Financial Guidance for Recent Widows: What Women Should Know After the Death of a Spouse
In a 2019 UBS Investor Watch Survey, nearly 68 percent of married women from around the world reported they believe they'll outlive their spouse. And it's a belief that’s grounded in reality—according to U.S. Census data, women are expected to live longer than men by roughly four years by 2060. What are the implications of this when it comes to money matters? It means that many women will find themselves responsible for making financial decisions on their own—and potentially for several years—if their spouse passes before them.
The UBS study also revealed that 76 percent of widows wish they had been more involved in making financial decisions when their spouse was alive. The unfortunate reality is that for many women dealing with the devastating grief of losing their spouse, things become even more challenging as they try to process the flood of financial burdens that come their way. While it may be tempting to push money concerns to the back burner if you find yourself in this situation, there are immediate and lasting financial tasks you'll need to navigate. Here are some things to keep in mind.
Homing In on Your Finances
You're in the middle of experiencing a heartbreaking event—it's possible you may find yourself unprepared to handle the torrent of financial matters falling in your lap. This may be especially true if your spouse was the primary financial planner and investment decision maker in your family. If you're feeling overwhelmed by financial planning considerations, start by focusing your attention on these topics.
Estate administration. It's important to obtain several copies of your spouse's death certificate. You'll also want to review the status of any existing estate planning documents. Keep in mind, maintaining a list of assets and accounts on an ongoing basis will streamline the estate administration and ultimate distribution of your spouse's assets in the event of their death.
Contacting the appropriate institutions is a good starting point for knowing what documentation is required to transfer and distribute these assets. Additionally, you may want to familiarize yourself with details such as the 50 percent—or, if you live in one of the nine community property states, 100 percent—cost basis step-up on the value of assets.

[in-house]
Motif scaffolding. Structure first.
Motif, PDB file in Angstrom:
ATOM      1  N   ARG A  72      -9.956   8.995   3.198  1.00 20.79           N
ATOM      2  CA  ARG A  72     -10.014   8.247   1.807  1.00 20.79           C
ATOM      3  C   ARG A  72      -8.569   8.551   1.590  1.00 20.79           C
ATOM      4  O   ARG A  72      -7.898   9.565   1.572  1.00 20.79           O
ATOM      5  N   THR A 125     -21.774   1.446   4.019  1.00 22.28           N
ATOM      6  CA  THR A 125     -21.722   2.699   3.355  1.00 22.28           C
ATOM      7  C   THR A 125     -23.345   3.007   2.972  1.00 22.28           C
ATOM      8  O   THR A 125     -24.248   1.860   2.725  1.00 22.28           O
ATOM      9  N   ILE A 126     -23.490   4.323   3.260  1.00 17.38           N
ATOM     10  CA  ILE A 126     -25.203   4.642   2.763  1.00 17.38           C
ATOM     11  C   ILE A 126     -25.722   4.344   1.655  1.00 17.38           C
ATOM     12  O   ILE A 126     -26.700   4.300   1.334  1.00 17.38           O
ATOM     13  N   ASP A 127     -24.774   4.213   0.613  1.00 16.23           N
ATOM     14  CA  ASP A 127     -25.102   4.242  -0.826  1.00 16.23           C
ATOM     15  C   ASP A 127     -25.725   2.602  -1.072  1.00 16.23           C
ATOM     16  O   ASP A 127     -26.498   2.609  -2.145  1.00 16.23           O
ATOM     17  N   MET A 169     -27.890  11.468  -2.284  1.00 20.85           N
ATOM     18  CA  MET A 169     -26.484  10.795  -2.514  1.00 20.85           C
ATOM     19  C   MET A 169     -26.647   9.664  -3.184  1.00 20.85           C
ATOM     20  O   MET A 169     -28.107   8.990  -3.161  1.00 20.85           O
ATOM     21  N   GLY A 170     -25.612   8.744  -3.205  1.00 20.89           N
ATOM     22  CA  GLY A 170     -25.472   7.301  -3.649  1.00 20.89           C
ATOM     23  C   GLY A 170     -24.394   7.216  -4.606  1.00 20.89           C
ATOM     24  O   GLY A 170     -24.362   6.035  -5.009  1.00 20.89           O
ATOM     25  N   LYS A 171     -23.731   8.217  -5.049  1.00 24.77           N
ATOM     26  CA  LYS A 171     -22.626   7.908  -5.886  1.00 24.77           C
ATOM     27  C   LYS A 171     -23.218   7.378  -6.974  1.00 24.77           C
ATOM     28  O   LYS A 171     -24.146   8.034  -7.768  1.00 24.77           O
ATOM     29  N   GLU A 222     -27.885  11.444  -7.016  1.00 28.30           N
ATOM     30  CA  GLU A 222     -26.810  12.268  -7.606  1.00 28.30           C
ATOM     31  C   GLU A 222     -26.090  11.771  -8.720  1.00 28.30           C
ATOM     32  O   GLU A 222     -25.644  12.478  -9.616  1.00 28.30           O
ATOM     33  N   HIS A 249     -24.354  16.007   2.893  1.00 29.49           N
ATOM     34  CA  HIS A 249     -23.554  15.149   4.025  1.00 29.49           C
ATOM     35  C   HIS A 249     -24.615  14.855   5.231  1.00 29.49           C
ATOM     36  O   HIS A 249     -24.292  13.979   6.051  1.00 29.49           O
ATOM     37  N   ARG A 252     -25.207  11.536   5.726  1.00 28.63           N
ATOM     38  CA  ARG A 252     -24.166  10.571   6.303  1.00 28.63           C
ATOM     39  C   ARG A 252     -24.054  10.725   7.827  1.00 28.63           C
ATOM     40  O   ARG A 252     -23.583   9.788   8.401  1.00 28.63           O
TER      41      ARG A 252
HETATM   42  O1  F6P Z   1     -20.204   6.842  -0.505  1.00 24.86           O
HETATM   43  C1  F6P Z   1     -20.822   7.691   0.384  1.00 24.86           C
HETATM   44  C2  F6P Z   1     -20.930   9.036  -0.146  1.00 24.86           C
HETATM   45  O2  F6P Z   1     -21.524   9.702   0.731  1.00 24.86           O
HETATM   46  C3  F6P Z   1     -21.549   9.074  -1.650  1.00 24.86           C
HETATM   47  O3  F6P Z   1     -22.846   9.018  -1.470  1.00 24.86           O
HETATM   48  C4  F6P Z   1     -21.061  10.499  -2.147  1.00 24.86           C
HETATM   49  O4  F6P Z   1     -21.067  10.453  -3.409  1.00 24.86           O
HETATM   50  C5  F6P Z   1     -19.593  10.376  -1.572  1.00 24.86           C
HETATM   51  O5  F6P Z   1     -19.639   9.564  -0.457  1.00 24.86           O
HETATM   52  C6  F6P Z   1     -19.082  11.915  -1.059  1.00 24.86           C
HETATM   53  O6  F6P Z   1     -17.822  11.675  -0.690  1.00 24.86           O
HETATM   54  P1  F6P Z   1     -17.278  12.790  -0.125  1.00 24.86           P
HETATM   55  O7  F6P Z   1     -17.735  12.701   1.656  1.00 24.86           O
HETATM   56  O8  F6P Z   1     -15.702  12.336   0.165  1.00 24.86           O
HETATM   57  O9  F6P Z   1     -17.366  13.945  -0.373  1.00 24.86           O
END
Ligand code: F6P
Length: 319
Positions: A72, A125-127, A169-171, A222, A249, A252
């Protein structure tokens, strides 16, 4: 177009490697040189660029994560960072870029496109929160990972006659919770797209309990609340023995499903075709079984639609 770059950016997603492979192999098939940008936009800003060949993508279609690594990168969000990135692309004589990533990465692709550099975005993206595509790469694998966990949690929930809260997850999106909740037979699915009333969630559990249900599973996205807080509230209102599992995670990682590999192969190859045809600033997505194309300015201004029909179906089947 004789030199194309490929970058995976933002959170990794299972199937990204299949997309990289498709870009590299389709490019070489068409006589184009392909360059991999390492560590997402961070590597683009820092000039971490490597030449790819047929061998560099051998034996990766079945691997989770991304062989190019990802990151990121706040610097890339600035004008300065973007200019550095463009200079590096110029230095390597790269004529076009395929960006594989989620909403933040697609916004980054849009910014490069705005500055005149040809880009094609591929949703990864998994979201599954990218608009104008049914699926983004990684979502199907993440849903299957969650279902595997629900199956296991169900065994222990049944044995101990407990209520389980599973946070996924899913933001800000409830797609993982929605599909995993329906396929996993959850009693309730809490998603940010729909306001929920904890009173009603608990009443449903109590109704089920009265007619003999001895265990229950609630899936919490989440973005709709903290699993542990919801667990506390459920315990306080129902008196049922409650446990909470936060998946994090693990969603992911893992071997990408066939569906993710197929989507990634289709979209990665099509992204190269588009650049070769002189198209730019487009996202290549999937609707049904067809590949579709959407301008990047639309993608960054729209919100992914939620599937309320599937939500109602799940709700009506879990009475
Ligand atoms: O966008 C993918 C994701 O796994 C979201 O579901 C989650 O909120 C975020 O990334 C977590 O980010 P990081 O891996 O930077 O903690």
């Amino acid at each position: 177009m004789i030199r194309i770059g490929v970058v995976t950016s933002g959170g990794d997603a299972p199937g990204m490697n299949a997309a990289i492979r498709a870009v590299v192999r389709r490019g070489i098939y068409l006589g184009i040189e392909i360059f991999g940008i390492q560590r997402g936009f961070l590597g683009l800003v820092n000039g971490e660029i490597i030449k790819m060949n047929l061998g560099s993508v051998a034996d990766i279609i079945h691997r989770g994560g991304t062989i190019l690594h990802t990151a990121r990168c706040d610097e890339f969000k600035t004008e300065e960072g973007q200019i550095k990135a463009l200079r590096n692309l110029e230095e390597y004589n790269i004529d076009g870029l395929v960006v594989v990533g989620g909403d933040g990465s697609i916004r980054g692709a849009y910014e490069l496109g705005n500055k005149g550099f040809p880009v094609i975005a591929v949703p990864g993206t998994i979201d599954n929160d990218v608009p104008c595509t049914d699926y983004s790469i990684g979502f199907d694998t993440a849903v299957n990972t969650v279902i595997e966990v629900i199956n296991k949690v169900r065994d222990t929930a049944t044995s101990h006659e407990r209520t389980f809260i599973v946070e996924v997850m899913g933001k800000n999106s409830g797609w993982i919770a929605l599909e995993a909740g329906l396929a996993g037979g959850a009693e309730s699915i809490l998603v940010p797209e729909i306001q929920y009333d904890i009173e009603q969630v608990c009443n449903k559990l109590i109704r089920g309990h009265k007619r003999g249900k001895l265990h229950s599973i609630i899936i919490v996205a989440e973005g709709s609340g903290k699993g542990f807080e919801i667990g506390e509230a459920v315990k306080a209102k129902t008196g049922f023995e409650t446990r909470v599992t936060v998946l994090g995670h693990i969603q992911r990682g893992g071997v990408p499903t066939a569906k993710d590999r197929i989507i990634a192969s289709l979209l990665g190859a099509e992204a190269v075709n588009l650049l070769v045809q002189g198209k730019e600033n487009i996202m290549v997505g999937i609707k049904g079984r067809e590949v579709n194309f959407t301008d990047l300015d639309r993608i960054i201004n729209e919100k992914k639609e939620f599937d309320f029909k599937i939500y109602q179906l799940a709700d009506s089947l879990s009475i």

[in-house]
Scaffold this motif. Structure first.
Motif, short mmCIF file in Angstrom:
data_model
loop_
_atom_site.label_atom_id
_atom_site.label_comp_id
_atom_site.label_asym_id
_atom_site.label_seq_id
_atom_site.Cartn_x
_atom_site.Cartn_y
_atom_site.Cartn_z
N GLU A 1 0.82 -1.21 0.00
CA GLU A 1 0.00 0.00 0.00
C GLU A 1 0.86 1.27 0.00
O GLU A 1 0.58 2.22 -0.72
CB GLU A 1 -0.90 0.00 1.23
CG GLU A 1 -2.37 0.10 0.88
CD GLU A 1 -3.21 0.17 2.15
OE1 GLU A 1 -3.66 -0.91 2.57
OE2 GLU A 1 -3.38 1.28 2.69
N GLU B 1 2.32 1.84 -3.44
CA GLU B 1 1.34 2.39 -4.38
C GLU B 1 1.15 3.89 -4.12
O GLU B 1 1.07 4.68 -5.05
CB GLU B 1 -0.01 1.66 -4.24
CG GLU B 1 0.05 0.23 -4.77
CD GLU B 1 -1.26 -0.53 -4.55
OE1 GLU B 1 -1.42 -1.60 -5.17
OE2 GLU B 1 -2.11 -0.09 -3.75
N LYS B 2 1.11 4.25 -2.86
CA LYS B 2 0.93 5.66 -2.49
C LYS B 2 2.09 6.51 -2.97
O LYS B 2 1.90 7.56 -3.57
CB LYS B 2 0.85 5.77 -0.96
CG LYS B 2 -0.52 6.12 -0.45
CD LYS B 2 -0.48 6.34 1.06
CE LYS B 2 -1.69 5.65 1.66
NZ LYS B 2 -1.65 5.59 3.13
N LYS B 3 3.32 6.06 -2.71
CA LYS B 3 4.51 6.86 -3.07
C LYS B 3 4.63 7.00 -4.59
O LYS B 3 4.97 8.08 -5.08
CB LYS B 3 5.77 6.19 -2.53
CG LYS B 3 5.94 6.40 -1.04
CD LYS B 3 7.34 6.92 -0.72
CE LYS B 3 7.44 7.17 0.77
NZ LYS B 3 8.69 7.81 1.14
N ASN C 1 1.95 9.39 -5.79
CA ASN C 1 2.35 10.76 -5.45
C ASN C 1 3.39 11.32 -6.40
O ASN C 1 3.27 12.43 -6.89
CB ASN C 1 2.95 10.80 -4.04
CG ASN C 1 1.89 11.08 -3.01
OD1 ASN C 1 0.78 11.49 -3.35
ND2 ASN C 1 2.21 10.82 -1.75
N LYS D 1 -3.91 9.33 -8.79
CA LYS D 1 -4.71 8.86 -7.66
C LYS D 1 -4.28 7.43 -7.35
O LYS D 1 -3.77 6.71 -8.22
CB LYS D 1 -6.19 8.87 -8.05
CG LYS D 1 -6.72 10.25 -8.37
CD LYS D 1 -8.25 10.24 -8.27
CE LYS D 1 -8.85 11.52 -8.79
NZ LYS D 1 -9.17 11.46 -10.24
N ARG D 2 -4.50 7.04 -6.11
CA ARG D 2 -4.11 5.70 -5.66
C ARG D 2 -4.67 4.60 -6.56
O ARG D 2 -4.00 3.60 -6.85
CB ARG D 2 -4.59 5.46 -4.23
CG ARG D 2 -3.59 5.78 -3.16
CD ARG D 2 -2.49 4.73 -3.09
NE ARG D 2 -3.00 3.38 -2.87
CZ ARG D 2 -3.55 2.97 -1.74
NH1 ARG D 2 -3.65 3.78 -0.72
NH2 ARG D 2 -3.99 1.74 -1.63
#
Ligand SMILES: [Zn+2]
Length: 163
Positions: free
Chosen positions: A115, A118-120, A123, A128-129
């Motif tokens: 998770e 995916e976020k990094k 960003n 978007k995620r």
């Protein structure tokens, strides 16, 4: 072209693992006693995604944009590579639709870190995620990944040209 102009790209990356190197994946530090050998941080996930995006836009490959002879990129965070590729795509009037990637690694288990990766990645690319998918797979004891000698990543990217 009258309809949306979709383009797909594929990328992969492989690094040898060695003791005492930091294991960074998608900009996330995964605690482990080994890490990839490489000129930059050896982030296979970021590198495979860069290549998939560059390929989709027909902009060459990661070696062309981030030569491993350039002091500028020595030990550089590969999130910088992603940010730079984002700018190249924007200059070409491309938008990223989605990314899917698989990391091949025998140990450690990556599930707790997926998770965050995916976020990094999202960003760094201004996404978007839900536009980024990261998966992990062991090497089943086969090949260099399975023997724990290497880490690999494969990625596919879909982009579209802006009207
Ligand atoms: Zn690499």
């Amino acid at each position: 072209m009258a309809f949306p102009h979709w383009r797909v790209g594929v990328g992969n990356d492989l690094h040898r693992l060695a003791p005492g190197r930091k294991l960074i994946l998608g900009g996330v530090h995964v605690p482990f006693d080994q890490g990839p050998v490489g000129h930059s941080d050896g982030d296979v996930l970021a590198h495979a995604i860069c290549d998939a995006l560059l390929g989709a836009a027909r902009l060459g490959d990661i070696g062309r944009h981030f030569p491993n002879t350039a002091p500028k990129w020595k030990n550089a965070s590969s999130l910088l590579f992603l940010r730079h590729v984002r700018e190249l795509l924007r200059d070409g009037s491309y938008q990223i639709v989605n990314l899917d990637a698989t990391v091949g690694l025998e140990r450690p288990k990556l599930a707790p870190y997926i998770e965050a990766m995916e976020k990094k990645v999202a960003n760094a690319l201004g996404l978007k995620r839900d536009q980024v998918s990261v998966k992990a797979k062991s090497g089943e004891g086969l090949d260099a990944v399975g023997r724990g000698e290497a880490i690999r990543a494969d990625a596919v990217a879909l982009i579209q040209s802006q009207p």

Short-term finances. After you've finalized your spouse's estate, you'll want to start thinking about short-term finances based on your change in situation. For example, you may need to adjust your monthly and yearly budget as well as spending habits. As you evaluate your income needs, keep in mind the social security survivor's benefit on a deceased spouse's record is available as early as age 60 to widows who are not disabled. Disabled widows can receive a survivor's benefit as early as age 50. This can create an early income stream, even though you may not be eligible to begin your own benefit until age 62. (Note that benefit reductions will likely apply for early claiming.)
There are a few things you should know about the social security survivor's benefit, including that it's separate from one you may be entitled to receive based on your own earnings record. Additionally, as the surviving spouse, you can decide when to take your survivor's benefit versus your own. If your own retirement benefit will be greater than the survivor benefit after the addition of the 8 percent per year delayed claim credit, you could collect the survivor benefit first and then switch to your own benefit at age 70.
If your spouse was the primary wage earner and held life insurance, this can provide another immediate source of income for you. Having a listing of the policies in place can quicken the payout process. If your spouse was still employed at the time of death, be sure to contact their employer about group policies that may also provide a death benefit.
Long-term finances. In addition to getting a handle on your immediate financial needs, you'll want to think about planning for your long-term financial stability as well. Be sure to review and update your estate plans and beneficiary designations and understand the various health care options available to you (including Medicare and long-term care insurance). It's important to share your long-term care wishes with those closest to you. While these discussions may be very difficult, it's important to make loved ones aware of any specific preferences you may have relating to end-of-life medical decisions and funeral arrangements for yourself.
Look Ahead and Take Early Action
Managing your finances can be a complex task under any circumstances, never mind when you're grieving. You can rely on us as a resource to help you talk through your options and find solutions that work best for you. We're happy to help guide you on decisions regarding estate planning, emergency savings, life insurance, and health care, as well as other advanced planning strategies that can protect you against a loss of income. By taking steps to gain a more comprehensive view of your finances, you can position yourself for a stable financial future.
This material has been provided for general informational purposes only and does not constitute either tax or legal advice. Although we go to great lengths to make sure our information is accurate and useful, we recommend you consult a tax preparer, professional tax advisor, or lawyer.